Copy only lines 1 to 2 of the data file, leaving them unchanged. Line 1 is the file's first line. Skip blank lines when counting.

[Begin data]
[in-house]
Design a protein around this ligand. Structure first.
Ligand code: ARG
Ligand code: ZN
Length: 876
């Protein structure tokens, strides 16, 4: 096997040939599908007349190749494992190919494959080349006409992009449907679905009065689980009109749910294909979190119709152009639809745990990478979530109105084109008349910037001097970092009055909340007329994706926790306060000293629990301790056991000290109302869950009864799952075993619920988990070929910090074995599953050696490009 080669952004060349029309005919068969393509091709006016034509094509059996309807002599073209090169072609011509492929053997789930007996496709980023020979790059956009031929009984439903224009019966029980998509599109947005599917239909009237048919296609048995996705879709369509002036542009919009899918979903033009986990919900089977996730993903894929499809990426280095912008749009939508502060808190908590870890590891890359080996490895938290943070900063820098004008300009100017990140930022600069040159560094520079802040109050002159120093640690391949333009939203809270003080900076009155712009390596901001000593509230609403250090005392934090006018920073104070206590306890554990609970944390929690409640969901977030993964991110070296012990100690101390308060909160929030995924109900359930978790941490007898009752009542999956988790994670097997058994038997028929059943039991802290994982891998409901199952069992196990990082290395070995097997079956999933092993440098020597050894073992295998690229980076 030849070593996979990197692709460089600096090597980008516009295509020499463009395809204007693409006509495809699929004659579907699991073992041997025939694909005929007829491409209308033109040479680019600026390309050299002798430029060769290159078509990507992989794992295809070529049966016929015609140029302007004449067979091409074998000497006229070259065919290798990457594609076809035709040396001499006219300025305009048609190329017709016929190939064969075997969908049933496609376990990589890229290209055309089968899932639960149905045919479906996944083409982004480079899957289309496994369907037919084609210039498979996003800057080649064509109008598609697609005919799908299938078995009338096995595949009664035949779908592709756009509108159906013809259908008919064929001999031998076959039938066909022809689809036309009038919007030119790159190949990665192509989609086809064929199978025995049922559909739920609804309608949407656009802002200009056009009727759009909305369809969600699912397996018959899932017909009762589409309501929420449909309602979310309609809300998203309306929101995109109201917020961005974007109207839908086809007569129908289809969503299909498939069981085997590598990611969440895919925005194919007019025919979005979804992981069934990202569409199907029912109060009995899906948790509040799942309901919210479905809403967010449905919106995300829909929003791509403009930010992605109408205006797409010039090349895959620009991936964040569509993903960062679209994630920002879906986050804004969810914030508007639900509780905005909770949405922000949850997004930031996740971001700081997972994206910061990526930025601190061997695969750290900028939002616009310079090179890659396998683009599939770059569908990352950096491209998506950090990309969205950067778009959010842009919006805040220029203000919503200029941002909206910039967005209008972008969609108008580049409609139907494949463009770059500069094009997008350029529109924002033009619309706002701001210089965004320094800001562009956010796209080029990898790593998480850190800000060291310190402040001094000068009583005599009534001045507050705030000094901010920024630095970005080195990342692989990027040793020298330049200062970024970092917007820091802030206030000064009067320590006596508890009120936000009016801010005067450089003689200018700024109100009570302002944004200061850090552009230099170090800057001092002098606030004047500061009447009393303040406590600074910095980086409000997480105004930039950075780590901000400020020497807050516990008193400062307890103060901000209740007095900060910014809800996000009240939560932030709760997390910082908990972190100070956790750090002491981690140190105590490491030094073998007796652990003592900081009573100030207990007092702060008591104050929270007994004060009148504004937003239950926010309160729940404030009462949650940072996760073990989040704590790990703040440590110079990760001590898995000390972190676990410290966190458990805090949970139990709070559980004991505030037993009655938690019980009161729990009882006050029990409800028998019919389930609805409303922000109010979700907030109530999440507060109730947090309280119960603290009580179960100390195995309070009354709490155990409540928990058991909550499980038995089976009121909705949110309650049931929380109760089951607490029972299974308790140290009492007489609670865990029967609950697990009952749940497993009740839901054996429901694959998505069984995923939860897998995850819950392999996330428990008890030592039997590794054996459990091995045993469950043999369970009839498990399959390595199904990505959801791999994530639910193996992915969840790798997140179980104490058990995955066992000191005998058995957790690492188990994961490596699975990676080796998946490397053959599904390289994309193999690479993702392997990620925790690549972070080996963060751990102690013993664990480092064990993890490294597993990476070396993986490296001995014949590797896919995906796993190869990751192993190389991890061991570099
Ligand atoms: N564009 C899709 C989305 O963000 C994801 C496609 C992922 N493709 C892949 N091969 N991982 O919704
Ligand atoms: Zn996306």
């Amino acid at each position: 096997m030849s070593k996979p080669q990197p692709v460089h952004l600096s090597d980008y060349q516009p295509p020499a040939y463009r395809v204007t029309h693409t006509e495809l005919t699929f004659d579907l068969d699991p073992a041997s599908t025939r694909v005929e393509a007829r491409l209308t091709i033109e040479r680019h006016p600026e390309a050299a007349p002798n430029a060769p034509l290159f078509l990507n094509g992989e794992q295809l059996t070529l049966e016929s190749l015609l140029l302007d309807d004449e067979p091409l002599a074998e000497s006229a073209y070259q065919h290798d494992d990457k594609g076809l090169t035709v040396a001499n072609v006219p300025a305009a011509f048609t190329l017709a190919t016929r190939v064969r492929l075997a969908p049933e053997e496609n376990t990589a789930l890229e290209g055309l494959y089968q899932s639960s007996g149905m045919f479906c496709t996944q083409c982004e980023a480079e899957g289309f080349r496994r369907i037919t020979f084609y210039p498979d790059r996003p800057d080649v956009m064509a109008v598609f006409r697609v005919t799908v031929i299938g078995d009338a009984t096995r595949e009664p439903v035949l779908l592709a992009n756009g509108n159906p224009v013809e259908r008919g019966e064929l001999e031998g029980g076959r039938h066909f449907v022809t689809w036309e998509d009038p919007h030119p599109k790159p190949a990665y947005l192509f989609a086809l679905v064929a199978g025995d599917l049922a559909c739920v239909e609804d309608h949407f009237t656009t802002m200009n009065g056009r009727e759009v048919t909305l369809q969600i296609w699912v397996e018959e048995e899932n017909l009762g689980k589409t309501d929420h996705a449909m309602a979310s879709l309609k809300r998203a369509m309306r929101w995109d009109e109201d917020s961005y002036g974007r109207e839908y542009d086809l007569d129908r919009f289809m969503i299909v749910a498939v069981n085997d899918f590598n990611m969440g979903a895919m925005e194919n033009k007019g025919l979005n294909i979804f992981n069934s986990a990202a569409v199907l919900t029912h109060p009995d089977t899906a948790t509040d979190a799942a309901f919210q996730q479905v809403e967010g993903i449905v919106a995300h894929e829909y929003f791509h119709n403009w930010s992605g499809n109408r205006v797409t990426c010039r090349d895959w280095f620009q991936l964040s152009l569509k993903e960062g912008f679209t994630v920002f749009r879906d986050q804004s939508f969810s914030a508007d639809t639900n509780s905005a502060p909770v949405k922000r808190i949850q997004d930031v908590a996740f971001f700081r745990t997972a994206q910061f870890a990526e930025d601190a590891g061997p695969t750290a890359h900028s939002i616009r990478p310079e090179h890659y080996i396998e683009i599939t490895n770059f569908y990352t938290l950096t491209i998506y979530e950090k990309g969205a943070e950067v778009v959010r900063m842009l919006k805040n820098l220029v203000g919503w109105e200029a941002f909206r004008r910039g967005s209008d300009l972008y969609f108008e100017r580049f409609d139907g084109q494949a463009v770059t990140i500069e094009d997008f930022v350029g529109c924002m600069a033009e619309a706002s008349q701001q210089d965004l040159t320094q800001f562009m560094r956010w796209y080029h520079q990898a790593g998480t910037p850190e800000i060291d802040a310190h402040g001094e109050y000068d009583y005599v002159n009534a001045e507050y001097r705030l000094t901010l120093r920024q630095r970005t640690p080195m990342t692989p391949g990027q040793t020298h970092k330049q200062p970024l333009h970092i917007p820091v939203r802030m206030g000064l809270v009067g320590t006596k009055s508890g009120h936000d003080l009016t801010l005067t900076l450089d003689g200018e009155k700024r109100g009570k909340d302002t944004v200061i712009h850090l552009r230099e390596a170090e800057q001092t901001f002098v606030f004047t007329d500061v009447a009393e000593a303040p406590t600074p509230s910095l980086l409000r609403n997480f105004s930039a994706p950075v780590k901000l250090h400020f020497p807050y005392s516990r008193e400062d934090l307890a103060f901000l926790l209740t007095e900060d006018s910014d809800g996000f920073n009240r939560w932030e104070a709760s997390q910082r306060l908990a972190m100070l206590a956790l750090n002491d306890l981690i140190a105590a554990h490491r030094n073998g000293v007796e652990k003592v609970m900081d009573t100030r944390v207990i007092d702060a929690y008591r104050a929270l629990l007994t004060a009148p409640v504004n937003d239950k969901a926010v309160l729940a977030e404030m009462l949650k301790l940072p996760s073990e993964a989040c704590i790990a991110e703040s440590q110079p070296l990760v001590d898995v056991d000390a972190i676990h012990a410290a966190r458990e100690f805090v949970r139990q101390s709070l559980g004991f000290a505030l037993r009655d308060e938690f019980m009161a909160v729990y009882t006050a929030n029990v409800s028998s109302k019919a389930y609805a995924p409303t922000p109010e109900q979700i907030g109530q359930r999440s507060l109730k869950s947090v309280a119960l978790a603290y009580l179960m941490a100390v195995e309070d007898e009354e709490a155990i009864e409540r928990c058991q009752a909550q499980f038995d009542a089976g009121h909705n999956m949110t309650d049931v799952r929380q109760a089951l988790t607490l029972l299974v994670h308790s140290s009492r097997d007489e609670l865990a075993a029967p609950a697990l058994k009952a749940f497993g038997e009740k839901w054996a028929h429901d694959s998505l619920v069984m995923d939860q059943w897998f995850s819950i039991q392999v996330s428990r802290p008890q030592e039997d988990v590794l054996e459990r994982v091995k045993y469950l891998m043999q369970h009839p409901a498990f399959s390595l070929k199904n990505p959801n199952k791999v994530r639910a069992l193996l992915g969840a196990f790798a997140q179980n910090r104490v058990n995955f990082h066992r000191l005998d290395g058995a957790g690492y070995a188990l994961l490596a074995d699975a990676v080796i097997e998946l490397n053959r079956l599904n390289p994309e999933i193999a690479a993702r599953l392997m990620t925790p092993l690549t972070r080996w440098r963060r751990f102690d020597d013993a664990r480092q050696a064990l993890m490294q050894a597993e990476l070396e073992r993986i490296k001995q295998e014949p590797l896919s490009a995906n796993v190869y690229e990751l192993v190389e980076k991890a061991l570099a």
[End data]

[in-house]
Design a protein around this ligand. Structure first.